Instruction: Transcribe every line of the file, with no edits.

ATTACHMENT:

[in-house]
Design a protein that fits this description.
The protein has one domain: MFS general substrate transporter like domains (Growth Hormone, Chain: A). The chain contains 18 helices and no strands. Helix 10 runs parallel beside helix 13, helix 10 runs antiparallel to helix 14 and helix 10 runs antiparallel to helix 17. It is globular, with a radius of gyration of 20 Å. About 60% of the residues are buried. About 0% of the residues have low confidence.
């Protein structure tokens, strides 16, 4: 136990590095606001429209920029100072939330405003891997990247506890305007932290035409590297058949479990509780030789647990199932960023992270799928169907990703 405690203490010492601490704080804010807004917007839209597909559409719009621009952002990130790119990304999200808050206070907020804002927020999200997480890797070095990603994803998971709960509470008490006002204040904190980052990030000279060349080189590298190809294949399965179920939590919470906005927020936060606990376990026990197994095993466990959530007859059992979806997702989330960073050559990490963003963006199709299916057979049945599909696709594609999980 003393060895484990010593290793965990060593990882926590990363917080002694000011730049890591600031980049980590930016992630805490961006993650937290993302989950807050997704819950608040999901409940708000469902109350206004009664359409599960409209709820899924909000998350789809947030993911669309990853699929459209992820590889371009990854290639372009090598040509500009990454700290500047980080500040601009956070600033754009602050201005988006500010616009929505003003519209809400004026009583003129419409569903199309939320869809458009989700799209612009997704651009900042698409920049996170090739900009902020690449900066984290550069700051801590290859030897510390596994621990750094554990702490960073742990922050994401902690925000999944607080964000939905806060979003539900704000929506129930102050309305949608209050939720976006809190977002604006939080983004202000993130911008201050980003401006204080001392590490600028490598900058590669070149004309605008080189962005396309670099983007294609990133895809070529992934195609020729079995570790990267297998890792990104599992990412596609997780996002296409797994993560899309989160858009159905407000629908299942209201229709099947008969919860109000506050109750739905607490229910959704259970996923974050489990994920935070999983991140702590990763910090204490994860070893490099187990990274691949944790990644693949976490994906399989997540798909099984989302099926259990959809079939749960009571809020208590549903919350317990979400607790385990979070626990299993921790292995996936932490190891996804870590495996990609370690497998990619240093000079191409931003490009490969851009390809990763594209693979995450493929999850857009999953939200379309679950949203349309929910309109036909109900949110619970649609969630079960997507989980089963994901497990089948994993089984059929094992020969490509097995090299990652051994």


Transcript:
[in-house]
Design a protein that fits this description.
The protein has one domain: MFS general substrate transporter like domains (Growth Hormone, Chain: A). The chain contains 18 helices and no strands. Helix 10 runs parallel beside helix 13, helix 10 runs antiparallel to helix 14 and helix 10 runs antiparallel to helix 17. It is globular, with a radius of gyration of 20 Å. About 60% of the residues are buried. About 0% of the residues have low confidence.
């Protein structure tokens, strides 16, 4: 136990590095606001429209920029100072939330405003891997990247506890305007932290035409590297058949479990509780030789647990199932960023992270799928169907990703 405690203490010492601490704080804010807004917007839209597909559409719009621009952002990130790119990304999200808050206070907020804002927020999200997480890797070095990603994803998971709960509470008490006002204040904190980052990030000279060349080189590298190809294949399965179920939590919470906005927020936060606990376990026990197994095993466990959530007859059992979806997702989330960073050559990490963003963006199709299916057979049945599909696709594609999980 003393060895484990010593290793965990060593990882926590990363917080002694000011730049890591600031980049980590930016992630805490961006993650937290993302989950807050997704819950608040999901409940708000469902109350206004009664359409599960409209709820899924909000998350789809947030993911669309990853699929459209992820590889371009990854290639372009090598040509500009990454700290500047980080500040601009956070600033754009602050201005988006500010616009929505003003519209809400004026009583003129419409569903199309939320869809458009989700799209612009997704651009900042698409920049996170090739900009902020690449900066984290550069700051801590290859030897510390596994621990750094554990702490960073742990922050994401902690925000999944607080964000939905806060979003539900704000929506129930102050309305949608209050939720976006809190977002604006939080983004202000993130911008201050980003401006204080001392590490600028490598900058590669070149004309605008080189962005396309670099983007294609990133895809070529992934195609020729079995570790990267297998890792990104599992990412596609997780996002296409797994993560899309989160858009159905407000629908299942209201229709099947008969919860109000506050109750739905607490229910959704259970996923974050489990994920935070999983991140702590990763910090204490994860070893490099187990990274691949944790990644693949976490994906399989997540798909099984989302099926259990959809079939749960009571809020208590549903919350317990979400607790385990979070626990299993921790292995996936932490190891996804870590495996990609370690497998990619240093000079191409931003490009490969851009390809990763594209693979995450493929999850857009999953939200379309679950949203349309929910309109036909109900949110619970649609969630079960997507989980089963994901497990089948994993089984059929094992020969490509097995090299990652051994």